Bathgate father and son charged over importation of new psychoactive drug Kratom

Bathgate father and son charged over importation of new psychoactive drug Kratom

Kratom is a new psychoactive substance and cops have arrested a Scots father and son after seizing a haul worth £60,000. A Scots father and son have been charged after more than £60,000 worth of …

A Scots father and son have been charged after more than £60,000 worth of mind-altering drugs were seized at two airports.

The duo, aged 60 and 38, were arrested after border officials discovered more than 150kgs of the dangerous new psychoactive substance kratom at the travel hubs.

Officers intercepted a 52kg supply of the drug at Edinburgh Airport in April while a second shipment containing 102kgs of kratom was found at East Midlands Airport on May 6.



The drugs were seized at Edinburgh Airport on April 15

The two men were arrested after officers from the Organised Crime Partnership executed two warrants in the Bathgate area of West Lothian on Tuesday.

They have been charged with importation, possession with intent to supply and offering the drug for sale.

Both have been since released and are expected to appear in court at a later date while investigations continue.

What is Kratom?

Kratom is a controlled substance under the New Psychoactive Substances Act 2016 and is a plant traditionally grown in south-east Asia.

It is often taken in a pill format or can be smoked while some people chew or brew the leaves into tea.



Kratom is a new, dangerous psychoactive substance that is made from a plant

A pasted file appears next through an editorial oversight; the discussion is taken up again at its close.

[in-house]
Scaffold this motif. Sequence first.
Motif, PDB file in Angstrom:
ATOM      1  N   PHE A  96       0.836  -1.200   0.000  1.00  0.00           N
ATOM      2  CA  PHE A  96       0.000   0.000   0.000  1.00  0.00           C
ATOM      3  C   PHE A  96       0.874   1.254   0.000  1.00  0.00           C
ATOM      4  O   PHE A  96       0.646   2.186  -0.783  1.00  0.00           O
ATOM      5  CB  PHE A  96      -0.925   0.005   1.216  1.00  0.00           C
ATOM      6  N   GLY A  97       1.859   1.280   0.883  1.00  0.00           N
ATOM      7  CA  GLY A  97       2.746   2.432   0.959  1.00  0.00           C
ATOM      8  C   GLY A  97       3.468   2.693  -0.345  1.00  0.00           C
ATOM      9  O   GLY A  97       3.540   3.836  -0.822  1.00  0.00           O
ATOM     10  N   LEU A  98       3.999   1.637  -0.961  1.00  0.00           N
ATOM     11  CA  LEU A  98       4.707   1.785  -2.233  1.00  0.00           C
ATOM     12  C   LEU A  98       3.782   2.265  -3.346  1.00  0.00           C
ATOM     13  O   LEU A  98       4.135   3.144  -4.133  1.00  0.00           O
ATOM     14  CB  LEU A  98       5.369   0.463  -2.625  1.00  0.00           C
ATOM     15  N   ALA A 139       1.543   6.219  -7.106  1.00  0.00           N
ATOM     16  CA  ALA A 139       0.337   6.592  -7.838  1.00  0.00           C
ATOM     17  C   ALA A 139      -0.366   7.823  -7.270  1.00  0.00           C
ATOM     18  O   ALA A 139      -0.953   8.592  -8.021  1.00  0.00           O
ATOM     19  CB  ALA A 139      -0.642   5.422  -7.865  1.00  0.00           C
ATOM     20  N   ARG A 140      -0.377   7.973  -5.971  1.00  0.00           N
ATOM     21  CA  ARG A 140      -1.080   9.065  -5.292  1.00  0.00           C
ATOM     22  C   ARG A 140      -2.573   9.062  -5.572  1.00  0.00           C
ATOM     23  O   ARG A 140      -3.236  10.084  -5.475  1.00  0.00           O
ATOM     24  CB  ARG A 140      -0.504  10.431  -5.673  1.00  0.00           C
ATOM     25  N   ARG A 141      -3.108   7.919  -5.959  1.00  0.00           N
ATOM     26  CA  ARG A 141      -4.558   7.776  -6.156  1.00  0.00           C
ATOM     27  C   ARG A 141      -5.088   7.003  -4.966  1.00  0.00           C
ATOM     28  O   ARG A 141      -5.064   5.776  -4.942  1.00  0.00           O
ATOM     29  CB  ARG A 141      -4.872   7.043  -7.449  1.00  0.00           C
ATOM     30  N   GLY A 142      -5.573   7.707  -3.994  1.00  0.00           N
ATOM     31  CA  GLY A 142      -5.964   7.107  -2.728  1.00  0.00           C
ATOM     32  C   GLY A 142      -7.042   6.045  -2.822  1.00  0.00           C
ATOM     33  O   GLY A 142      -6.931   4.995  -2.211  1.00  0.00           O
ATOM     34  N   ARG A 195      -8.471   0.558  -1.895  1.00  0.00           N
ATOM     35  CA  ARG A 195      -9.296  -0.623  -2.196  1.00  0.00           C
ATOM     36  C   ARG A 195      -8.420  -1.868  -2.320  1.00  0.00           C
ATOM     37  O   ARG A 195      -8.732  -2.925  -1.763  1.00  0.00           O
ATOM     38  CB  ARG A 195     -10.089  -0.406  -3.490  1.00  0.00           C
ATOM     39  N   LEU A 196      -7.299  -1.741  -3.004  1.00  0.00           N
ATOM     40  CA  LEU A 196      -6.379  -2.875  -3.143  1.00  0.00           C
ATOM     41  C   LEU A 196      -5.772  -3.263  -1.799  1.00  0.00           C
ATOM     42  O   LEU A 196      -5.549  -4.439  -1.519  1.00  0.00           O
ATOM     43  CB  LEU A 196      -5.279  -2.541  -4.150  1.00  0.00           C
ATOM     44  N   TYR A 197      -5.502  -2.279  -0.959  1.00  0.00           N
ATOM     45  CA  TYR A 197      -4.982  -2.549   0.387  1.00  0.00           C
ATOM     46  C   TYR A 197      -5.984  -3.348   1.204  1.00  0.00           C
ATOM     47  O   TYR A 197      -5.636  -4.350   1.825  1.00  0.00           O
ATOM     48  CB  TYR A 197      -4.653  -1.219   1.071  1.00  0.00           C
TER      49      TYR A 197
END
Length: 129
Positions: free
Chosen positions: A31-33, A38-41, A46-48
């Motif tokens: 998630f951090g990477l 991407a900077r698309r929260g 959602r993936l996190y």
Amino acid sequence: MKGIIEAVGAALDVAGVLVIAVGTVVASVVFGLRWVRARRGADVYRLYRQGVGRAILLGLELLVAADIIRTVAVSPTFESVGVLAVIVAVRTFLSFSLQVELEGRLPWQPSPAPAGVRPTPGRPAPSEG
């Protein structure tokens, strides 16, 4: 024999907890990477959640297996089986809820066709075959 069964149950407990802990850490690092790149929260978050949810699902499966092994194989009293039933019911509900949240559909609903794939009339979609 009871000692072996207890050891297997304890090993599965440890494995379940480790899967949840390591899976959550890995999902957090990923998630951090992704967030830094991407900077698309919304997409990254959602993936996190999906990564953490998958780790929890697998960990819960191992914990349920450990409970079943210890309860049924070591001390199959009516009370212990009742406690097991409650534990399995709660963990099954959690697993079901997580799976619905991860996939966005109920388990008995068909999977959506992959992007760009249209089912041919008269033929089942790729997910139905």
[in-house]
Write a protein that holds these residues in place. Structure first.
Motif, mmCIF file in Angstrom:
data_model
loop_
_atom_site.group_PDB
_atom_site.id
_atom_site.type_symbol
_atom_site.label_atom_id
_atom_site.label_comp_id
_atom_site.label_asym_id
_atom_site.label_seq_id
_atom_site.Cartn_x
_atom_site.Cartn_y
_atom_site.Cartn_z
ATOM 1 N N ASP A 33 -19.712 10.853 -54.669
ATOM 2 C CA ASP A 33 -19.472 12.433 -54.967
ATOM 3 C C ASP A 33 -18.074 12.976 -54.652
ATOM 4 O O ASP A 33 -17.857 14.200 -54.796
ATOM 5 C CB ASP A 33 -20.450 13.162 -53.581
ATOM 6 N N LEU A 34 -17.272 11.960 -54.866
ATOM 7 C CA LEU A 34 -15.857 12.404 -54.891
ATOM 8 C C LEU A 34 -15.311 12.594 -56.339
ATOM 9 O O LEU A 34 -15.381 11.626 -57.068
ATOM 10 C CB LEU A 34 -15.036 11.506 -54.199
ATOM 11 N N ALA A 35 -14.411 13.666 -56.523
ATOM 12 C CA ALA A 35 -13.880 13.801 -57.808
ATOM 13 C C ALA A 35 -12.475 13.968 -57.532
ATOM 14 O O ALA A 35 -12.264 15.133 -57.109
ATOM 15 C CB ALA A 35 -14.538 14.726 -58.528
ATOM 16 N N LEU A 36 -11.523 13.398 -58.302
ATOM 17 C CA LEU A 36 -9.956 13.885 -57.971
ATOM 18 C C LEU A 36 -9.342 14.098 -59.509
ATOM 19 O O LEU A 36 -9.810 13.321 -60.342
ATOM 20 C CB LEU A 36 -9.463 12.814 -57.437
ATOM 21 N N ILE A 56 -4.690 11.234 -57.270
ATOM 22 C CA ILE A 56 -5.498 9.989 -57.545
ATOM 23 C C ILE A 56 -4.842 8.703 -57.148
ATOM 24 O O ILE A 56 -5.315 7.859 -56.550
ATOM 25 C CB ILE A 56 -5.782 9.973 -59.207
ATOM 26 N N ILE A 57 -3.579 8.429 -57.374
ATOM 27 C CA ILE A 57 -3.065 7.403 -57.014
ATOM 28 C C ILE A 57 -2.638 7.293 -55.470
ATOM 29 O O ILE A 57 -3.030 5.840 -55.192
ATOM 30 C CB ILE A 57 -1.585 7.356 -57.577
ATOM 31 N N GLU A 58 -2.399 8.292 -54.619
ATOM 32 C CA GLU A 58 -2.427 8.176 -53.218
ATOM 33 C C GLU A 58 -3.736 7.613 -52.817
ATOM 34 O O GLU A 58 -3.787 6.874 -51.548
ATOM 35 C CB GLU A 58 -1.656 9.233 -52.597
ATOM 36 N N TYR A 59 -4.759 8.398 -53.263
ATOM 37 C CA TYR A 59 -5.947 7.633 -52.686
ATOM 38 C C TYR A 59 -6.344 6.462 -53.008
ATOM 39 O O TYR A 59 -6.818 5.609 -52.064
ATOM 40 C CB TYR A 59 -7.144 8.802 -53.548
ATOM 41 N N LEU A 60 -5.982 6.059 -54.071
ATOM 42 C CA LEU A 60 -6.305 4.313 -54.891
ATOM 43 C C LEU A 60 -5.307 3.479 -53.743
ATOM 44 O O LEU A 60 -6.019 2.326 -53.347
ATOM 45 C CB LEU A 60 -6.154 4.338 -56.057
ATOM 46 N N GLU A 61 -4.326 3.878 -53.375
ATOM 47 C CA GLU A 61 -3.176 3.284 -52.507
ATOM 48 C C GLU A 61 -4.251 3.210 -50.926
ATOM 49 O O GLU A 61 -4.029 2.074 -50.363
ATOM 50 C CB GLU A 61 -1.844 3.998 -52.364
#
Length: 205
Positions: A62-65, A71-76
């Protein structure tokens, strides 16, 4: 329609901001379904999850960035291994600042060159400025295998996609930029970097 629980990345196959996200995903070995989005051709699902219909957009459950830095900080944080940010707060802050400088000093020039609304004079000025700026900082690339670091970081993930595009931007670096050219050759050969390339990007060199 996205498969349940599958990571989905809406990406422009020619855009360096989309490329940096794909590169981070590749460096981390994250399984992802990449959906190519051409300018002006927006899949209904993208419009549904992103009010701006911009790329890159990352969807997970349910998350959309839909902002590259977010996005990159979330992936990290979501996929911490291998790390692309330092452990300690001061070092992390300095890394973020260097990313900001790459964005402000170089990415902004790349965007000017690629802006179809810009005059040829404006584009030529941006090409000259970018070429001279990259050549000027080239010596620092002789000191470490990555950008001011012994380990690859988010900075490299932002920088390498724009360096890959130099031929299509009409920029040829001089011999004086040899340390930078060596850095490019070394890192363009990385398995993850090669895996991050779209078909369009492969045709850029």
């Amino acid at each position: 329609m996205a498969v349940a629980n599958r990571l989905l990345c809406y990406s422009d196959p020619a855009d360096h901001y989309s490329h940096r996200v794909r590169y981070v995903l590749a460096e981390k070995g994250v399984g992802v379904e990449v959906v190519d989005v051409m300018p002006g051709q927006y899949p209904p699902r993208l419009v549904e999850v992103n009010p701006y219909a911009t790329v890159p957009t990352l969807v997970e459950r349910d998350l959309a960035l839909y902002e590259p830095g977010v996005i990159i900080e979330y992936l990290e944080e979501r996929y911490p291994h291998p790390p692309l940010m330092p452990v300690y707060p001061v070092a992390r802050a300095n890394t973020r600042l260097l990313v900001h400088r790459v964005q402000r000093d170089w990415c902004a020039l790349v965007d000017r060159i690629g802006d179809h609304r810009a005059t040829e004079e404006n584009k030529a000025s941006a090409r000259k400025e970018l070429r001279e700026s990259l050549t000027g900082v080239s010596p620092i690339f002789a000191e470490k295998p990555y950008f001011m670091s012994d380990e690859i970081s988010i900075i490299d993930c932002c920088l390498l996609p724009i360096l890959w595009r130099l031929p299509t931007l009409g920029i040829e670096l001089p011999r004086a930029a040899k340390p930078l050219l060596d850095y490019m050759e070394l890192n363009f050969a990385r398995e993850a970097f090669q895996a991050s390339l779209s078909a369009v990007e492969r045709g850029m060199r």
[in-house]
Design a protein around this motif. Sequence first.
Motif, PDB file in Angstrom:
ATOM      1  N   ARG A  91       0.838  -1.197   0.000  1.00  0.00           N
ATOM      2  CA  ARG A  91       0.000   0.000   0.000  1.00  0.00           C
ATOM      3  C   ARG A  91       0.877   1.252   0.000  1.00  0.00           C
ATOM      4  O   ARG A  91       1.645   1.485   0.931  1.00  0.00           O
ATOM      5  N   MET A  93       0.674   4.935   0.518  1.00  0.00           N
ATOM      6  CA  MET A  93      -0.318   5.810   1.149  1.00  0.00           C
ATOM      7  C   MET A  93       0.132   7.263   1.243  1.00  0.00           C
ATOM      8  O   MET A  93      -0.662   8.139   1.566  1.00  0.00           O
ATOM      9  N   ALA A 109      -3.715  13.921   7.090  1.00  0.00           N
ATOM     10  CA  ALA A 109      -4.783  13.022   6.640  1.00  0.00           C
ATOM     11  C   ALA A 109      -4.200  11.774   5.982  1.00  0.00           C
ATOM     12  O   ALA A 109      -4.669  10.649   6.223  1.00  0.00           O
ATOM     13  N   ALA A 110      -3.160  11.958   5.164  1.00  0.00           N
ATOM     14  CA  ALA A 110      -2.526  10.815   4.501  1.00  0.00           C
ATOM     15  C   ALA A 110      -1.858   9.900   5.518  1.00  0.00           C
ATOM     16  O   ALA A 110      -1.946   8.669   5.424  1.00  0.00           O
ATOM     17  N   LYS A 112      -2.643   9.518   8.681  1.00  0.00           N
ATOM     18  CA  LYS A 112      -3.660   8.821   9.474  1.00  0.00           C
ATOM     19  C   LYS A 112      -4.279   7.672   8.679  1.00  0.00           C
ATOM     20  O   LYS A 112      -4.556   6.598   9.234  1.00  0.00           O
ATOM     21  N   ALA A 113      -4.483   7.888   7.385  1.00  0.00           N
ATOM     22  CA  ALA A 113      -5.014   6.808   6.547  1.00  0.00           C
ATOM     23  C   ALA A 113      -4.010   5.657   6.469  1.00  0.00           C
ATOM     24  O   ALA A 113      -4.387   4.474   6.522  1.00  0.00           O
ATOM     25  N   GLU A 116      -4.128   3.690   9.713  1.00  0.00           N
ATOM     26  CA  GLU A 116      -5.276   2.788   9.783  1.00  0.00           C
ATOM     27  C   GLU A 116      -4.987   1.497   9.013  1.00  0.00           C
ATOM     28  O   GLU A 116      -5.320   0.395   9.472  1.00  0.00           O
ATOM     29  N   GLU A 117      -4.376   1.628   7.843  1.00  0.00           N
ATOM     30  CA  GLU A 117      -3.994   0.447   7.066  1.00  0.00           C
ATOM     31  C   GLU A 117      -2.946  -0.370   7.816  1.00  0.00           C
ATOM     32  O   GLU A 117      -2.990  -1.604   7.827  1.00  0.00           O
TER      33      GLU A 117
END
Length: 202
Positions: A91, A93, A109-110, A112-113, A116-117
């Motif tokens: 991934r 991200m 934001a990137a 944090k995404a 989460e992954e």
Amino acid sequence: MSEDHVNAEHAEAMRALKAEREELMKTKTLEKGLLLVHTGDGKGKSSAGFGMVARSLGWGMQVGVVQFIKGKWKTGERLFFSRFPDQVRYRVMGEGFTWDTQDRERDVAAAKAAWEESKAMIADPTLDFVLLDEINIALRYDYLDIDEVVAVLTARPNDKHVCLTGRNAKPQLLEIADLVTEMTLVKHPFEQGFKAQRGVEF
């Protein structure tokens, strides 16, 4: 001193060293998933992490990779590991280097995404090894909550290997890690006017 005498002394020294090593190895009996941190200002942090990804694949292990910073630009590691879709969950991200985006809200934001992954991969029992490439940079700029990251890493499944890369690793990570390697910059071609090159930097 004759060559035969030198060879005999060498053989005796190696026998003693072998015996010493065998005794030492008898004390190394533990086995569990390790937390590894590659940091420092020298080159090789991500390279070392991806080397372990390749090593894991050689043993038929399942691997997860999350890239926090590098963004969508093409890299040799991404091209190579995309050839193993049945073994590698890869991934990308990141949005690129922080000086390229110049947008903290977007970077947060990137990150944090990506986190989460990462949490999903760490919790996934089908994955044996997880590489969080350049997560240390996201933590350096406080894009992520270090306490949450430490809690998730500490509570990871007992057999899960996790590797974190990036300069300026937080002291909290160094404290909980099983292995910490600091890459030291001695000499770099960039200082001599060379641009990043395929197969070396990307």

It is used as a stimulant with powerful opioid-like properties which, when taken in small amounts, leaves users feeling increased energy, sociability and alertness.

But it often has uncomfortable and dangerous side effects including seizures, hallucinations, nausea, itching, sweating and occasionally psychosis.

NCA Scotland operations manager John McGowan said: “We estimate these seizures would have had a combined value of around £60,000 once sold on the black market.

“Kratom is a dangerous drug, and working with partners like Police Scotland and Border Force we are determined to do all we can to prevent such substances making it on to our streets and damaging the communities of Scotland.”

Read More

Top news stories today

Deputy Director Murdo MacMillan, head of Border Force Scotland, said: “These seizures have taken a large amount of dangerous psychoactive substances out of the hands of organised criminals and off our streets.

“Border Force will continue to work with the NCA and Police Scotland to bring those involved in smuggling to justice.”

KratomGuide
ADMINISTRATOR
PROFILE

Posts Carousel